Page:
So I was just tryna tell him, wassup, you just gotta keep watering me. I felt like he was the main person at the time to help me get instruments. He bought my first violin pickup, and that's how I started experimenting with violin electronics, so I was trying to uplift him, like don't listen to the haters. Fuck them. (laughs) So that's what that song's about.

That's beautiful. There's a few live videos of your song "Paid" on YouTube where you sample audio of a woman telling a story of some kind.

That's Luisah Teish. It's basically the story of Oshun. Back in the day, there were several gods and they were all male, except Oshun. They were on Earth, they were trying to make things happen and they were like, "Oh, we don't need Oshun. Let's just like do our own thing. So she got really pissed and she went to the moon and started doing her makeup, and she was like, "Oh, y'all think y'all bouta shit on me? I'm bouta dry up the whole world. So she dried up the whole world, and the gods went to the supreme god and they were like, "Can you help us out, man? Shit's dried up." And they're like, "Where's Oshun?" So they had to go get her, and they apologized to her. And she was like, "I'll accept your apology, don't do that shit again."

It's a Yoruba tale and I'm also inspired by Yoruba West African one-string fiddling music. So there's a connection.

It feels like you're one of the only active female artists currently on Stones Throw's roster. Is that a pretty accurate statement?

It's pretty accurate, because it describes the Oshun story. Don't fuck with me. Don't fuck with Oshun. Recognize. I'm the fucking main queen y'all. (laughs) I'm just playing. I'm really grateful. I'm not having any issues. I feel like they recognize the divine power. They're super cool and supportive. (giggles) I'm like the princess of Stones Throw.

As a black female solo musician getting booked internationally, do you feel a sense of power of when you're performing onstage?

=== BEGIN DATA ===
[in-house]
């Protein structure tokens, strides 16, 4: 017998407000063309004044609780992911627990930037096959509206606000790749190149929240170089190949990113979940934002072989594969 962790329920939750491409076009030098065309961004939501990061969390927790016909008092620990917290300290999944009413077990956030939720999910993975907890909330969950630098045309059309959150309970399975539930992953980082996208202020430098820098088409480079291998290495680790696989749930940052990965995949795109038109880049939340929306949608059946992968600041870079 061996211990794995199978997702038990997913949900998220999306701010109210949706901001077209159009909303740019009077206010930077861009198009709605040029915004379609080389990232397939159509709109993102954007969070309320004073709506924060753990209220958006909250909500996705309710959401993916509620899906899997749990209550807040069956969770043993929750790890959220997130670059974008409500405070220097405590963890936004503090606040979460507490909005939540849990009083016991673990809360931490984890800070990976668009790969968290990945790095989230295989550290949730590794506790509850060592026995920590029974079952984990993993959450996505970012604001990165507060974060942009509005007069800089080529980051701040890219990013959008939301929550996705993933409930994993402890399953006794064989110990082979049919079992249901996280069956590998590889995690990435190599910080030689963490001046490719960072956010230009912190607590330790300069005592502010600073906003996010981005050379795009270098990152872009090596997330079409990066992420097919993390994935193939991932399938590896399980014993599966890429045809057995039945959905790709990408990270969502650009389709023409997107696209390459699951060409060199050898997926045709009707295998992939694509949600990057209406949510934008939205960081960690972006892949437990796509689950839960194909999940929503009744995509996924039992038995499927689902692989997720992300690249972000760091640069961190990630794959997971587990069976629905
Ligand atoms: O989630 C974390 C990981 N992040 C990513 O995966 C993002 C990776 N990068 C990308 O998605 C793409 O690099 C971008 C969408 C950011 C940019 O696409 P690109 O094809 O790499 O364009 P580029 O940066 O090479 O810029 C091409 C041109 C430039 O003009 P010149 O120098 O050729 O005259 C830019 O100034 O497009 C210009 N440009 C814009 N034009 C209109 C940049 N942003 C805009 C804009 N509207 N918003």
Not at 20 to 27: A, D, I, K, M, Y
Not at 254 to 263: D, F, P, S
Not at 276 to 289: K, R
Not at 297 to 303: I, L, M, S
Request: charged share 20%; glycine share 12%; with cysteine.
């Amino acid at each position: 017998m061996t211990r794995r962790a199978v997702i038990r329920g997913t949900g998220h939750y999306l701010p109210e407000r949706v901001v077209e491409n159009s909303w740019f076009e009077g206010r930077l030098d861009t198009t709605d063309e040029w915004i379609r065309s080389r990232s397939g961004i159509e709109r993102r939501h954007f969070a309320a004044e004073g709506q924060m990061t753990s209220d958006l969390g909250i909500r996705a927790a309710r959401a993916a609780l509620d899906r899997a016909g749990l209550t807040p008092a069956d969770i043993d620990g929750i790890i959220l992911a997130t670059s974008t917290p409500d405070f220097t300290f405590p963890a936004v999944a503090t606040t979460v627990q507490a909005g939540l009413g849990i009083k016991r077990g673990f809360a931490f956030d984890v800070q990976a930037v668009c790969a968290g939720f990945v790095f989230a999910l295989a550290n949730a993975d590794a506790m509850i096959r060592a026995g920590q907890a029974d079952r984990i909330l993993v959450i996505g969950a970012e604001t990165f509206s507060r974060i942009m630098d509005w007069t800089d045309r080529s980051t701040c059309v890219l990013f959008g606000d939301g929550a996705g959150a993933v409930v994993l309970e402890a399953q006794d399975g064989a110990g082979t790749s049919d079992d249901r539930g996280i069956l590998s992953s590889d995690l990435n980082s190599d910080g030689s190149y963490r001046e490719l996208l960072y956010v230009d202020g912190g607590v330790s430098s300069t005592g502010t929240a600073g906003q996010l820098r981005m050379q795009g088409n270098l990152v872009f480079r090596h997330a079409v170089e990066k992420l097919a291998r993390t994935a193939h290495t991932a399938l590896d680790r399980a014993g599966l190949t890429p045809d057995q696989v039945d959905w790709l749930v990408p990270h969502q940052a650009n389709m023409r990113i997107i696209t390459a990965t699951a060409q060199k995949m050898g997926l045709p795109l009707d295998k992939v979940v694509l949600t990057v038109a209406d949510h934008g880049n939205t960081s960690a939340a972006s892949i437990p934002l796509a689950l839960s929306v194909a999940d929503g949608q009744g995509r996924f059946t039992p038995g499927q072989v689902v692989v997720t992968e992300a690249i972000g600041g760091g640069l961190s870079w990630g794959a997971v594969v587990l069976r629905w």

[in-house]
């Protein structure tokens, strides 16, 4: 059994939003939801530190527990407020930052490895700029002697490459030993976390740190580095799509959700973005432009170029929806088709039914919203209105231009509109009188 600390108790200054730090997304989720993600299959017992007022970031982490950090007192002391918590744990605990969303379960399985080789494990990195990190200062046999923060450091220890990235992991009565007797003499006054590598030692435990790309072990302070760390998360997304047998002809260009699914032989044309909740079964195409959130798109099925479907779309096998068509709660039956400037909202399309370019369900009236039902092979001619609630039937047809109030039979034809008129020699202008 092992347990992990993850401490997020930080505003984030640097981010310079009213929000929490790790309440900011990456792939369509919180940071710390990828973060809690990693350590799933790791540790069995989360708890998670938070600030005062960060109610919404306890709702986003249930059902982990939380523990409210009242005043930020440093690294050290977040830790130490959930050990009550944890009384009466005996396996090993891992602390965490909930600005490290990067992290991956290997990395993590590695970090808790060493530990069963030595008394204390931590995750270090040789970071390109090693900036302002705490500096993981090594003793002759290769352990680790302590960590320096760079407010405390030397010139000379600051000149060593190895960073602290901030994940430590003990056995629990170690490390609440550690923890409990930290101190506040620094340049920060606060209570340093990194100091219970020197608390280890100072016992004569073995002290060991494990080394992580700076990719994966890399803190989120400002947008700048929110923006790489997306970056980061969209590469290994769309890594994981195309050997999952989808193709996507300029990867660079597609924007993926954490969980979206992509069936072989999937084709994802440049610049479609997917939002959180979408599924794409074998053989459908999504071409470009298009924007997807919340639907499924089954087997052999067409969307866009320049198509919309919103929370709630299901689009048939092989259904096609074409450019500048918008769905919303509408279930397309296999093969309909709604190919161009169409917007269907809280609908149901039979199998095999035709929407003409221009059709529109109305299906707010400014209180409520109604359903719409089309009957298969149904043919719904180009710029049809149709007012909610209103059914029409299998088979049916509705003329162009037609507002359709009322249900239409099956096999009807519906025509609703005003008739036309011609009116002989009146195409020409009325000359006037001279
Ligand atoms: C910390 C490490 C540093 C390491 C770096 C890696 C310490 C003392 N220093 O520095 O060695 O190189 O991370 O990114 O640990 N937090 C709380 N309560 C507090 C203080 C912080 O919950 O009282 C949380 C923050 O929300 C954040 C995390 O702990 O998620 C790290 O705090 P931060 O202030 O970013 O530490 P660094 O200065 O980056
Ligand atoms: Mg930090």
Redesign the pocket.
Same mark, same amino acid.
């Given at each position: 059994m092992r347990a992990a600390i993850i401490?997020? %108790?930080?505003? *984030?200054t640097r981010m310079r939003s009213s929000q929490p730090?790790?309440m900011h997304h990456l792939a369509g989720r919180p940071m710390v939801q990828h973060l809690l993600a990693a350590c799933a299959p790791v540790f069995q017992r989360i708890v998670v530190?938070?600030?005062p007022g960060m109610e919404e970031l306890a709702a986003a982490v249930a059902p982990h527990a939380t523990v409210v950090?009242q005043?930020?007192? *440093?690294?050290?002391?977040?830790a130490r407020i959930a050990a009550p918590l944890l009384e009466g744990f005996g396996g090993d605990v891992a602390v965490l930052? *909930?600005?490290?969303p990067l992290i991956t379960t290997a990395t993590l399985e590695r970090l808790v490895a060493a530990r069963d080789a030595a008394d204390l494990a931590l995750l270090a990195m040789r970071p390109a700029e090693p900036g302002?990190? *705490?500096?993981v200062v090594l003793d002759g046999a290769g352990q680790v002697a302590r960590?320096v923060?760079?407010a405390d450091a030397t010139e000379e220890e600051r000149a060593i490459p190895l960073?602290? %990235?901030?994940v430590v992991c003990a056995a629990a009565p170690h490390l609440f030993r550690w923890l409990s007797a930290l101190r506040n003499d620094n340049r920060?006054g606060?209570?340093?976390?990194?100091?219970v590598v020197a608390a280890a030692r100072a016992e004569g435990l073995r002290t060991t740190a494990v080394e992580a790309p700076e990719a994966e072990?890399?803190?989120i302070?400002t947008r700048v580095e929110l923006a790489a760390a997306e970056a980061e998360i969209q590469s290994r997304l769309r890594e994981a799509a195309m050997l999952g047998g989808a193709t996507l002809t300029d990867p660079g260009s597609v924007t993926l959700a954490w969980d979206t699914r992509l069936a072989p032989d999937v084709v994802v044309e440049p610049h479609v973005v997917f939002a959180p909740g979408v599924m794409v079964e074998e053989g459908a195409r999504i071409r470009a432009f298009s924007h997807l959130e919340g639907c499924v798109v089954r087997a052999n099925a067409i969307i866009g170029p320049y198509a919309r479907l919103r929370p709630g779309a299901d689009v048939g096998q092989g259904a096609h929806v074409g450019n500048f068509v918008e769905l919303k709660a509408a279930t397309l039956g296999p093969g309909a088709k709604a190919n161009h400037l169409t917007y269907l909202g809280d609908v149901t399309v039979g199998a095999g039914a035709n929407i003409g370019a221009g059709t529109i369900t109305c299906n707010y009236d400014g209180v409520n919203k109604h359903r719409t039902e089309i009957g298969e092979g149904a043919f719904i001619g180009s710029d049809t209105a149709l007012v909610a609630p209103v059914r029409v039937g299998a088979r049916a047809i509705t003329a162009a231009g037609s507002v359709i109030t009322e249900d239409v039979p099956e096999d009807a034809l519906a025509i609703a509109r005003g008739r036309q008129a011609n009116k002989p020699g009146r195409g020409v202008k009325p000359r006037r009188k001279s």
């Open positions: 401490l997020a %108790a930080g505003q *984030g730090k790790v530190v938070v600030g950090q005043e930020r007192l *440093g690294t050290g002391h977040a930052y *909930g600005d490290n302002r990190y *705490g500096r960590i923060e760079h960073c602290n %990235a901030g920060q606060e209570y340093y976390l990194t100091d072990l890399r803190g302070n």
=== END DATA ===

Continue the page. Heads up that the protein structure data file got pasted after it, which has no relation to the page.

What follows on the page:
Yeah, it gets a little weird, because I used to perform under a table and not even want to be seen. So I'm just now getting used to being seen and entertaining people. I feel like at the beginning of the set I always try to look up at God, so maybe that's where the church life comes from, because I always try to praise God and give thanks before I even engulf myself in the crowd and connect with them. So that's a ritual I do at every show. It kind of gets weird with everyone watching you. It's good if you can humble yourself before you even like, you know, turn up.

Who were some of the first Sudanese and West African artists you were listening to when you were first writing music?

In Sudan, Asim Gorashi. He's a violinist. He makes really cool music. He plays violin and sings at the same time. He's also a world champion whistler. So that's kind of cool. I also like Francis Bebey. He's where I get my main influence from because he incorporates electronics. He's doing traditional instruments with electronics mixed together, kinda like what I'm trying to do in my own way. His whole sound is very minimal. He's not doing a lot, like his track "Forest Nativity," he's just talking, the electronic beats are very simple. You hear some flutes but also it sounds like strings. That's how I try to make my strings sound, like kinda drone-y.

I read that you first started going by the name Sudan as a teenager, before you moved to LA. From the way you dress to the way you style your hair to the visual aesthetic you cultivate in your music videos, Africa seems to be a huge part of your music and your image.

Yeah with Africa, I think all black people should go and think of it as vacation, because we are African. We're just in America. That's how I look at it. My connection to Africa is very natural, it's just me, like how people wake up and wash their hair and let it go and let it be, that's just how I'm living my life. I'm not doing anything different to my hair. I'm just kinda not altering it permanently and just waking up and washing my hair however it grows out of my head, it's just the way it is. It's just natural.

What was your first visit to Africa like?